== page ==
DP: It’s provided a healthy reset for the soil. The drip irrigation we have on every vine helps, but it doesn’t keep the whole vineyard in optimal balance. There was no flooding for us and the vines were in winter dormancy. So it should be good news, though the weather for the next six months is a more important factor.

CM: It’s going to be a very interesting year. There’s going to be excessive canopy. We could see a lot more fruit and weight this year. No one has seen a season like this year.  It will be a day-by-day, week-by-week decision for the viticulture team. You’ll be able to taste whether there’s vineyard management in the wine.

ESV: Which of your wines will be included in the Silicon Valley Wine Auction?

CM: We are pouring three award-winning wines:

2015 ChardonnayIt’s modern, fresh and crisp with gorgeous natural acidity.  Grown predominately in Los Altos Hills and Woodside, it earned 92 points and Editors Choice from the Wine Enthusiast. (Favorite pairing: with shellfish or Abalone. Colin dives for fresh Abalone!)

2014 Exponent Red Blend. Our blend of Cab (from Los Gatos), Merlot (Woodside and Los Altos Hills), Sangiovese (La Honda) and Syrah (Los Altos Hills) is a medium-bodied wine that captures a great balance of fruit and mineralogy from our local mountains. It was named Best of Class by The San Francisco Chronicle.  (Suggested pairing:  Fresh pasta, gourmet burger or pizza.)

2012 Lonehawk Cabernet. It’s a very age-worthy wine and great example of a mountain grown Cabernet from Saratoga. Lonehawk is probably our most sought after wine and the only single vineyard designate wine in our portfolio. Small berries, red fruits, essence of juniper berries with firm structure.  It received 91 points from Wine Enthusiast.  (Excellent paired with thick-cut Ribeye, grilled lamp chops.



La Honda Winery
2645 Fair Oaks Avenue
Redwood City, CA 94063
Phone (650) 366-4104
The winery hosts private events and usually holds a monthly Open Day and Winetasting, typically on the 3rd Saturday of the month, from 12-4 pm.

ESV is delighted to partner with the 2017 Silicon Valley Wine Auction, taking place May 20-21, 2017 at Runnymede Farm in Woodside.  Produced by Santa Cruz Mountains Winegrowers Association, the annual event brings together 100 of the top winemakers and growers of the Santa Cruz Mountains. All proceeds from the event benefit Silicon Valley Education Foundation and STEM Leadership Institute.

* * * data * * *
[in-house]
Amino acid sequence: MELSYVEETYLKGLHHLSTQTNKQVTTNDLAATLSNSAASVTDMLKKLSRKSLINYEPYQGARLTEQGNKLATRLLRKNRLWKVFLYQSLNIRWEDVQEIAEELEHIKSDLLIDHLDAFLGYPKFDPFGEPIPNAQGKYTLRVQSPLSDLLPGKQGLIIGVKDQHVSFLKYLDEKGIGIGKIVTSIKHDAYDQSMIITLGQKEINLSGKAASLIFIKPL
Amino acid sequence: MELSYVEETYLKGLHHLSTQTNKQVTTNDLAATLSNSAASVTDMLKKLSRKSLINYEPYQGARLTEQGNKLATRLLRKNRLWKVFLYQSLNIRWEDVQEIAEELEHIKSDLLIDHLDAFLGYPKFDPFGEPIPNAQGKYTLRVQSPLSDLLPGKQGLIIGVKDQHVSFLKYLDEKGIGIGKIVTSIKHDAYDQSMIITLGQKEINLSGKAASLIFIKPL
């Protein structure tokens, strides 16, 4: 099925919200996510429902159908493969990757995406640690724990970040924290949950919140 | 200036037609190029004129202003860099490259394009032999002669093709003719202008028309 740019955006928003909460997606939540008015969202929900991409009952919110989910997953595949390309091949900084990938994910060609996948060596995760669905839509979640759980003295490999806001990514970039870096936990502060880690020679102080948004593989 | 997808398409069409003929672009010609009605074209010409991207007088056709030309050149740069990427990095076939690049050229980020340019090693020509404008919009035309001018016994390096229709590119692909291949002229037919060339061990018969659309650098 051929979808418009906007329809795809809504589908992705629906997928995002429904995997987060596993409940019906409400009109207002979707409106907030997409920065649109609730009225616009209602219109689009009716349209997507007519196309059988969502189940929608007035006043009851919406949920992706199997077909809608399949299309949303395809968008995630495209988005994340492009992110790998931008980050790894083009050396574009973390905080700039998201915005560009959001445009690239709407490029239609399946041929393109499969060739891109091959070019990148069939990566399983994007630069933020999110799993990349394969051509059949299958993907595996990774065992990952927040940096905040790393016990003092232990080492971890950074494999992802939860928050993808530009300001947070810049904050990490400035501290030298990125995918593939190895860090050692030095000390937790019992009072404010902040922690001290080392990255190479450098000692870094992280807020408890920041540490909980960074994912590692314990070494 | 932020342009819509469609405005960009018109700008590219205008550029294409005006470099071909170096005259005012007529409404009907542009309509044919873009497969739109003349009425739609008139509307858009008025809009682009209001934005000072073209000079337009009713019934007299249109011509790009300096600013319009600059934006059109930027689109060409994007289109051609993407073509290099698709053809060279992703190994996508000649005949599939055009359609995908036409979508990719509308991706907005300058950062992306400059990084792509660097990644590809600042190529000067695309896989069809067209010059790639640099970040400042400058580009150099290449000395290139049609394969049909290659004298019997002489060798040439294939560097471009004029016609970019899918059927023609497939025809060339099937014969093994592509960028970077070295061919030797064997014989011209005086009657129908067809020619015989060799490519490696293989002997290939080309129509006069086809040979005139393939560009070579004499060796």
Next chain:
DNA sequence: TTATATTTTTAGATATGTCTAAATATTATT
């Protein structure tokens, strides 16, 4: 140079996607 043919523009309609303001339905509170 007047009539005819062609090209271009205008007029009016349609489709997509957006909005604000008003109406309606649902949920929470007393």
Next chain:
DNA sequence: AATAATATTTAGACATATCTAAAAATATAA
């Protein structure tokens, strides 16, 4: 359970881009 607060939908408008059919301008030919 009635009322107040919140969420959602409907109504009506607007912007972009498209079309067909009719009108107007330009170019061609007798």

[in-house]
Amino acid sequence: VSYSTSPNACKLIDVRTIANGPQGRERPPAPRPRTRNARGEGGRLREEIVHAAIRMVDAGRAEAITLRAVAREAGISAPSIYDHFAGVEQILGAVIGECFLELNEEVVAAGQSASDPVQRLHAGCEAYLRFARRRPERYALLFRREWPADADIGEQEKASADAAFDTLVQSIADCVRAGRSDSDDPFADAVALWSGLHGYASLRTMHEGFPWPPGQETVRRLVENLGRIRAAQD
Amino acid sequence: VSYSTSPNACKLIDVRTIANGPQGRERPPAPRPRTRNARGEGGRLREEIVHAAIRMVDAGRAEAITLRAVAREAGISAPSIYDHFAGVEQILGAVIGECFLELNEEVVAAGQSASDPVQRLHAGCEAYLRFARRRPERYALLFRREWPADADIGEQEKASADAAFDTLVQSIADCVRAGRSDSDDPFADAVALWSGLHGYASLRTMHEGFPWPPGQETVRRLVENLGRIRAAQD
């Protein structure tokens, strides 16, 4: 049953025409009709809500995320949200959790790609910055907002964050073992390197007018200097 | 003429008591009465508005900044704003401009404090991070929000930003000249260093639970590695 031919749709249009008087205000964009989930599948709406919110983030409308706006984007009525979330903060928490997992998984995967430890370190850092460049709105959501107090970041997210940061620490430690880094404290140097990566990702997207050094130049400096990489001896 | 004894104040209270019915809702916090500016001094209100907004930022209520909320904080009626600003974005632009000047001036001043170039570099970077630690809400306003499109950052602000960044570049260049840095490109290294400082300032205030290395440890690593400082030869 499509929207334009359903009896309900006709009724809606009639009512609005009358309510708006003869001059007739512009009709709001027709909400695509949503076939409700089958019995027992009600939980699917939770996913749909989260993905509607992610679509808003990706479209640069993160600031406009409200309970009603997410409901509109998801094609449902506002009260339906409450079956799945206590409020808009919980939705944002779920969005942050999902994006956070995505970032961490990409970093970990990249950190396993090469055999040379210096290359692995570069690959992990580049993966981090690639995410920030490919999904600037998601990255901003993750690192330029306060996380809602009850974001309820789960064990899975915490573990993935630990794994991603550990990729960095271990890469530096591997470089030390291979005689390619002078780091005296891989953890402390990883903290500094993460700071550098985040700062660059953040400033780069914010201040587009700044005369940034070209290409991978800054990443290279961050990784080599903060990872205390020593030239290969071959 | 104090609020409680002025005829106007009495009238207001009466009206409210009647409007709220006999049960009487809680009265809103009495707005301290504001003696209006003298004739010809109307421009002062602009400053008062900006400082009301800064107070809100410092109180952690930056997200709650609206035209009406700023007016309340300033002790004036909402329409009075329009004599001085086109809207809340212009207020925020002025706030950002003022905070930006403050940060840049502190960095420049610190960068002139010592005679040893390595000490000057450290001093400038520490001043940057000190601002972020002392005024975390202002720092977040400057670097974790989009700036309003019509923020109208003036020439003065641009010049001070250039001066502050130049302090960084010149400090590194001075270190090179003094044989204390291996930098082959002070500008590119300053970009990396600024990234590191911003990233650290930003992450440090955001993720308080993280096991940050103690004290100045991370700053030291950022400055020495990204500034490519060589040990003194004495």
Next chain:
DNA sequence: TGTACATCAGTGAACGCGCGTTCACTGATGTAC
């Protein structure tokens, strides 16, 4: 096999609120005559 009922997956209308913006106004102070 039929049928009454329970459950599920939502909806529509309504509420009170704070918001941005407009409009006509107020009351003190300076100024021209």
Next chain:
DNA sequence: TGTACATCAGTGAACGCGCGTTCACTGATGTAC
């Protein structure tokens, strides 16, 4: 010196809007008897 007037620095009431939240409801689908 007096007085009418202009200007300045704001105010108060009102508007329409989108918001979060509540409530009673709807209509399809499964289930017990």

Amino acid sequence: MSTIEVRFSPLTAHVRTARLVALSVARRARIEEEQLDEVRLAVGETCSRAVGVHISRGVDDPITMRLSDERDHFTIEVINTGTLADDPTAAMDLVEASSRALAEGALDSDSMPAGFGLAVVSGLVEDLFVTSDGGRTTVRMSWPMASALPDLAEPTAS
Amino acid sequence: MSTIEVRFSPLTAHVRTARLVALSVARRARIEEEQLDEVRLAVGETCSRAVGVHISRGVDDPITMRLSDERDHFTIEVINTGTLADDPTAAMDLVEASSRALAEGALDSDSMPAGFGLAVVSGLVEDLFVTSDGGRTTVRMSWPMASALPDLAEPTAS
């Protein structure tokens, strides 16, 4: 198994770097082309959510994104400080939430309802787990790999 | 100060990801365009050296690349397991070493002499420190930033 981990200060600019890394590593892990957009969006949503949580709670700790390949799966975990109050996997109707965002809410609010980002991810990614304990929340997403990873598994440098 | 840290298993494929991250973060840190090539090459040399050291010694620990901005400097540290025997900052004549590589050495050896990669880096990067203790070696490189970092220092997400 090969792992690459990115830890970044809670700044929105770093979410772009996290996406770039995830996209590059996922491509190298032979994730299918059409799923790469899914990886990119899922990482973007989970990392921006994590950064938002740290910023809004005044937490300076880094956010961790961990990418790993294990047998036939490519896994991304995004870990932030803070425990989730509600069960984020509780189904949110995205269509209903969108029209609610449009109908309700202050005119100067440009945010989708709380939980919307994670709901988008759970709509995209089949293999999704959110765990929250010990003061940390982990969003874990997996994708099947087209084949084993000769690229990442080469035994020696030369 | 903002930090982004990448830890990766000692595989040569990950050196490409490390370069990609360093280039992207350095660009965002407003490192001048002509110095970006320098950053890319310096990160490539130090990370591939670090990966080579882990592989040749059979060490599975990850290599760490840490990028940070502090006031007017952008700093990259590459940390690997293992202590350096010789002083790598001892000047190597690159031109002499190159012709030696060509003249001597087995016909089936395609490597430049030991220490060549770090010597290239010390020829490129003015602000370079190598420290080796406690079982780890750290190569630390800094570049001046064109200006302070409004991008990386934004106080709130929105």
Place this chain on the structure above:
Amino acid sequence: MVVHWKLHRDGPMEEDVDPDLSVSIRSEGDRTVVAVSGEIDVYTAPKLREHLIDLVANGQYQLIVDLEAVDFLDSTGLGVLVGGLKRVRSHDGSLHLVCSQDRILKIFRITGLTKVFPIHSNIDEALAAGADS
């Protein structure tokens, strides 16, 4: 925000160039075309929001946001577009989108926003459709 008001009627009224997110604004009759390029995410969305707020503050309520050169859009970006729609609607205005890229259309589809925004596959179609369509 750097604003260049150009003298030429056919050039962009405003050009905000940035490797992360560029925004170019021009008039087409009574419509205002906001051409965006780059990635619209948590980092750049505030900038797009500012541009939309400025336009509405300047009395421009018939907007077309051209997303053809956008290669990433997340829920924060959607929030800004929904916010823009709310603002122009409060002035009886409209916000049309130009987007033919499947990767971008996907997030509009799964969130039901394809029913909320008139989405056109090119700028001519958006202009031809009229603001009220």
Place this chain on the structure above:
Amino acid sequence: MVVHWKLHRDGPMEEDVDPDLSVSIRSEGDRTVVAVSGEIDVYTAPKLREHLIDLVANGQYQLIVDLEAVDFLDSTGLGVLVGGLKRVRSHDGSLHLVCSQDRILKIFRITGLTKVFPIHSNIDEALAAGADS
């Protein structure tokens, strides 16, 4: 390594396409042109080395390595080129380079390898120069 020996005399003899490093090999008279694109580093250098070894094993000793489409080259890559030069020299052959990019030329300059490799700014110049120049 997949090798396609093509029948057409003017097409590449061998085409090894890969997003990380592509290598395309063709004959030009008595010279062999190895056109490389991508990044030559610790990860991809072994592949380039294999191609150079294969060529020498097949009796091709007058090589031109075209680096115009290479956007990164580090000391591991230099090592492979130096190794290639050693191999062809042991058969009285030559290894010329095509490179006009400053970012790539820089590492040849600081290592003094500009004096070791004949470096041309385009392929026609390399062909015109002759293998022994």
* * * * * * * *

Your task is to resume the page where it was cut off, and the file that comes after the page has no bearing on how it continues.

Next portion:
It’s been a great year for mushrooms. Here, Colin McNany shared with us his Mushroom-on-Mushroom pasta, made with locally harvested black trumpets and chanterelles. Perfect with Pinot.

Wild Trumpet Mushroom on Mushroom Pasta

  • 300 g semolina flour
  • 30 g dried, finely ground black trumpets
  • 3 g salt
  • 50 g water
  • 2 eggs

1. In a bowl, combine the semolina flour with the salt.

2. Combine the dried, powdered black trumpets with the flour.

3. Add eggs and water.

3. Knead the dough for 5 minutes, allow it to rest for 5 minutes, then knead it further for 5 minutes.

4. Wrap the dough in plastic or cover with a damp towel, and allow it to rest at least 30 minutes. It can be refrigerated for a day or so if tightly wrapped.

5. Cut the dough ball into quarters, and use a pasta roller to roll it out into flat sheets, starting at level 1 and rolling it down to level 5 thickness, re-folding and rolling it again if it is falling apart. The more you work it, the smoother it becomes. We like the fettuccine size cut for this firm dough.

6. Dry the pasta and store, or cook fresh in plenty of salted, boiling water, about 2-3 minutes, until al dente. Toss with black trumpet white sauce (fresh black trumpet dry sautéed mushroom stock and standard cream sauce) and fresh sautéed trumpets with garlic.

Article from Edible Silicon Valley at